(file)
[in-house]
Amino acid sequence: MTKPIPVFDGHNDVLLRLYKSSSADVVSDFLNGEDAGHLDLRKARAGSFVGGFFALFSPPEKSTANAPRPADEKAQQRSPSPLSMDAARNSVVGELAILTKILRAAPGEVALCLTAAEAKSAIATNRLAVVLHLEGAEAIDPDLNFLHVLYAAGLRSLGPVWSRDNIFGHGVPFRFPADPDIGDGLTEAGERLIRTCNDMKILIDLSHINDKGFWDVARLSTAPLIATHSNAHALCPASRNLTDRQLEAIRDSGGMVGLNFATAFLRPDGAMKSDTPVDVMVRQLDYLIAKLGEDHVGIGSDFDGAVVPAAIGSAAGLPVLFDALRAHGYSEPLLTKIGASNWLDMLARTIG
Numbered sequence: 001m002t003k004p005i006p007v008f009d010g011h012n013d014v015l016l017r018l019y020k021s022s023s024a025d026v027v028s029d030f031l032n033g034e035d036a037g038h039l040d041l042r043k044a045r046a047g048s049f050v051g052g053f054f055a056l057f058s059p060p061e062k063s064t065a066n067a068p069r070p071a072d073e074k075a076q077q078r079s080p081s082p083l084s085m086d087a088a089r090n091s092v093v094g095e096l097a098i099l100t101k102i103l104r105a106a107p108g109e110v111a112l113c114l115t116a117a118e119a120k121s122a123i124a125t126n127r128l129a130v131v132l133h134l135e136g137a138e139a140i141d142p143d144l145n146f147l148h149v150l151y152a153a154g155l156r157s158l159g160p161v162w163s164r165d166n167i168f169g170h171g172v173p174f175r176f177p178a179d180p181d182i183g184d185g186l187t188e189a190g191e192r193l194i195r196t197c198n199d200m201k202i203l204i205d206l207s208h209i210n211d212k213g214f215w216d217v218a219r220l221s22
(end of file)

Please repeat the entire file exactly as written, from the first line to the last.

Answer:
[in-house]
Amino acid sequence: MTKPIPVFDGHNDVLLRLYKSSSADVVSDFLNGEDAGHLDLRKARAGSFVGGFFALFSPPEKSTANAPRPADEKAQQRSPSPLSMDAARNSVVGELAILTKILRAAPGEVALCLTAAEAKSAIATNRLAVVLHLEGAEAIDPDLNFLHVLYAAGLRSLGPVWSRDNIFGHGVPFRFPADPDIGDGLTEAGERLIRTCNDMKILIDLSHINDKGFWDVARLSTAPLIATHSNAHALCPASRNLTDRQLEAIRDSGGMVGLNFATAFLRPDGAMKSDTPVDVMVRQLDYLIAKLGEDHVGIGSDFDGAVVPAAIGSAAGLPVLFDALRAHGYSEPLLTKIGASNWLDMLARTIG
Numbered sequence: 001m002t003k004p005i006p007v008f009d010g011h012n013d014v015l016l017r018l019y020k021s022s023s024a025d026v027v028s029d030f031l032n033g034e035d036a037g038h039l040d041l042r043k044a045r046a047g048s049f050v051g052g053f054f055a056l057f058s059p060p061e062k063s064t065a066n067a068p069r070p071a072d073e074k075a076q077q078r079s080p081s082p083l084s085m086d087a088a089r090n091s092v093v094g095e096l097a098i099l100t101k102i103l104r105a106a107p108g109e110v111a112l113c114l115t116a117a118e119a120k121s122a123i124a125t126n127r128l129a130v131v132l133h134l135e136g137a138e139a140i141d142p143d144l145n146f147l148h149v150l151y152a153a154g155l156r157s158l159g160p161v162w163s164r165d166n167i168f169g170h171g172v173p174f175r176f177p178a179d180p181d182i183g184d185g186l187t188e189a190g191e192r193l194i195r196t197c198n199d200m201k202i203l204i205d206l207s208h209i210n211d212k213g214f215w216d217v218a219r220l221s22